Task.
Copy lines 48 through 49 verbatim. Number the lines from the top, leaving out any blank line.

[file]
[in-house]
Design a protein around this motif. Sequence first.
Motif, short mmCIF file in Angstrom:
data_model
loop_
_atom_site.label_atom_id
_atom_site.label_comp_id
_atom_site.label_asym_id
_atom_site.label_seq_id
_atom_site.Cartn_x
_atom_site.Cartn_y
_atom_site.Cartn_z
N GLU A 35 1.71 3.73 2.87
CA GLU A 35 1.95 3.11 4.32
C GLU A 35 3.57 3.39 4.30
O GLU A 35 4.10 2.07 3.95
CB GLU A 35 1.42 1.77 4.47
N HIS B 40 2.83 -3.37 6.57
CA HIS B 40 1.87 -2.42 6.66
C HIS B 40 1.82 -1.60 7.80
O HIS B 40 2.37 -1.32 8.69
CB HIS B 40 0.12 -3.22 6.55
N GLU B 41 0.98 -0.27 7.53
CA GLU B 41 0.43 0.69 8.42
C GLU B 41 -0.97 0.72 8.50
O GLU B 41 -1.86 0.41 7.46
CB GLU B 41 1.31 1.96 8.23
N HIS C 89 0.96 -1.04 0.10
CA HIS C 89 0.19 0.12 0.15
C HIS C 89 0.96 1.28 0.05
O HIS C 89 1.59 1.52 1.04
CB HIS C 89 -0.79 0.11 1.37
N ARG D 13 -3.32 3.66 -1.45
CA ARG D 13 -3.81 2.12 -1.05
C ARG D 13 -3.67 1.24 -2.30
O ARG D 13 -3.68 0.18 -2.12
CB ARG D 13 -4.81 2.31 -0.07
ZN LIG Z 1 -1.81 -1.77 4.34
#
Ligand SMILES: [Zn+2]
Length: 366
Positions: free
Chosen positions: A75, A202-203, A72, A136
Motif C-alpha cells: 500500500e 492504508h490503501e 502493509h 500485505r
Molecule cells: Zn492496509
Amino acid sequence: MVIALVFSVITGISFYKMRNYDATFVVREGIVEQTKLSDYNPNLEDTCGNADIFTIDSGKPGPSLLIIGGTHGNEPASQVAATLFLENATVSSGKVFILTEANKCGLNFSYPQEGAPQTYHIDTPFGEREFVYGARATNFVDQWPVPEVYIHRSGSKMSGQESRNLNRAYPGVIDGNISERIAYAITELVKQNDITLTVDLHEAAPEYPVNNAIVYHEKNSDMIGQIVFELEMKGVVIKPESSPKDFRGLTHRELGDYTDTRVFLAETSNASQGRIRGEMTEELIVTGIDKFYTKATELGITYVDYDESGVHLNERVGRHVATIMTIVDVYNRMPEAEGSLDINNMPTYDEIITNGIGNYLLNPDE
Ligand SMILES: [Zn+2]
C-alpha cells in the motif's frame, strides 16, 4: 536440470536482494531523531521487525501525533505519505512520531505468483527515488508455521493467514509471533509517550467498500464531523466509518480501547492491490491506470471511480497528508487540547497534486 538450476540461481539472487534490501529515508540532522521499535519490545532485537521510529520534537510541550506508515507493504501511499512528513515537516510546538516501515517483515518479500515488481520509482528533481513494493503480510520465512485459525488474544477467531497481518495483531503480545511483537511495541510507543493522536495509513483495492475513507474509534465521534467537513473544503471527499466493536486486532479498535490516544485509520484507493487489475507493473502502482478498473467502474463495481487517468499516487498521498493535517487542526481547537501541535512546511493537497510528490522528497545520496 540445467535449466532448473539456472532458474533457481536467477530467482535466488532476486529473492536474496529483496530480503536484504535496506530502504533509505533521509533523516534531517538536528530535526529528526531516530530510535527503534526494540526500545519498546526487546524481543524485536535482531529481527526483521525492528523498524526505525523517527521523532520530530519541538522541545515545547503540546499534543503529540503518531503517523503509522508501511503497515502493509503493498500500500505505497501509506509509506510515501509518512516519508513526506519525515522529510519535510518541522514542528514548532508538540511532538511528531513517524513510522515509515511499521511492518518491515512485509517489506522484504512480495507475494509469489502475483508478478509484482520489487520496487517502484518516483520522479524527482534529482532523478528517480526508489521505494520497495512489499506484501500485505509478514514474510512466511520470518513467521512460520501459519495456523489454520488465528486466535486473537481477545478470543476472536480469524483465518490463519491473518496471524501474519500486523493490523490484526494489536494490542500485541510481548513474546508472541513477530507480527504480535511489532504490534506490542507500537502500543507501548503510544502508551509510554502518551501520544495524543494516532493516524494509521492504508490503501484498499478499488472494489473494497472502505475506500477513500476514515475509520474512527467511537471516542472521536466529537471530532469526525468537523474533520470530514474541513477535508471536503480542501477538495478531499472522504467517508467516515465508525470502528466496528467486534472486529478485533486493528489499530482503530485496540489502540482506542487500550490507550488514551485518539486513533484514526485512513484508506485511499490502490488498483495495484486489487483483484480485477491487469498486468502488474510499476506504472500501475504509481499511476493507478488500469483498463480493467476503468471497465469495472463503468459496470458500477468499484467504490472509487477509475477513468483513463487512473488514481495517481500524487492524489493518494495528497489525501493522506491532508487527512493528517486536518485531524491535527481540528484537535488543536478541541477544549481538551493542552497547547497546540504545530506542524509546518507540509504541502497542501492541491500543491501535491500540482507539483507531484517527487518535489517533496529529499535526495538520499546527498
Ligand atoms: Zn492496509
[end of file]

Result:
C-alpha cells in the motif's frame, strides 16, 4: 536440470536482494531523531521487525501525533505519505512520531505468483527515488508455521493467514509471533509517550467498500464531523466509518480501547492491490491506470471511480497528508487540547497534486 538450476540461481539472487534490501529515508540532522521499535519490545532485537521510529520534537510541550506508515507493504501511499512528513515537516510546538516501515517483515518479500515488481520509482528533481513494493503480510520465512485459525488474544477467531497481518495483531503480545511483537511495541510507543493522536495509513483495492475513507474509534465521534467537513473544503471527499466493536486486532479498535490516544485509520484507493487489475507493473502502482478498473467502474463495481487517468499516487498521498493535517487542526481547537501541535512546511493537497510528490522528497545520496 540445467535449466532448473539456472532458474533457481536467477530467482535466488532476486529473492536474496529483496530480503536484504535496506530502504533509505533521509533523516534531517538536528530535526529528526531516530530510535527503534526494540526500545519498546526487546524481543524485536535482531529481527526483521525492528523498524526505525523517527521523532520530530519541538522541545515545547503540546499534543503529540503518531503517523503509522508501511503497515502493509503493498500500500505505497501509506509509506510515501509518512516519508513526506519525515522529510519535510518541522514542528514548532508538540511532538511528531513517524513510522515509515511499521511492518518491515512485509517489506522484504512480495507475494509469489502475483508478478509484482520489487520496487517502484518516483520522479524527482534529482532523478528517480526508489521505494520497495512489499506484501500485505509478514514474510512466511520470518513467521512460520501459519495456523489454520488465528486466535486473537481477545478470543476472536480469524483465518490463519491473518496471524501474519500486523493490523490484526494489536494490542500485541510481548513474546508472541513477530507480527504480535511489532504490534506490542507500537502500543507501548503510544502508551509510554502518551501520544495524543494516532493516524494509521492504508490503501484498499478499488472494489473494497472502505475506500477513500476514515475509520474512527467511537471516542472521536466529537471530532469526525468537523474533520470530514474541513477535508471536503480542501477538495478531499472522504467517508467516515465508525470502528466496528467486534472486529478485533486493528489499530482503530485496540489502540482506542487500550490507550488514551485518539486513533484514526485512513484508506485511499490502490488498483495495484486489487483483484480485477491487469498486468502488474510499476506504472500501475504509481499511476493507478488500469483498463480493467476503468471497465469495472463503468459496470458500477468499484467504490472509487477509475477513468483513463487512473488514481495517481500524487492524489493518494495528497489525501493522506491532508487527512493528517486536518485531524491535527481540528484537535488543536478541541477544549481538551493542552497547547497546540504545530506542524509546518507540509504541502497542501492541491500543491501535491500540482507539483507531484517527487518535489517533496529529499535526495538520499546527498
Ligand atoms: Zn492496509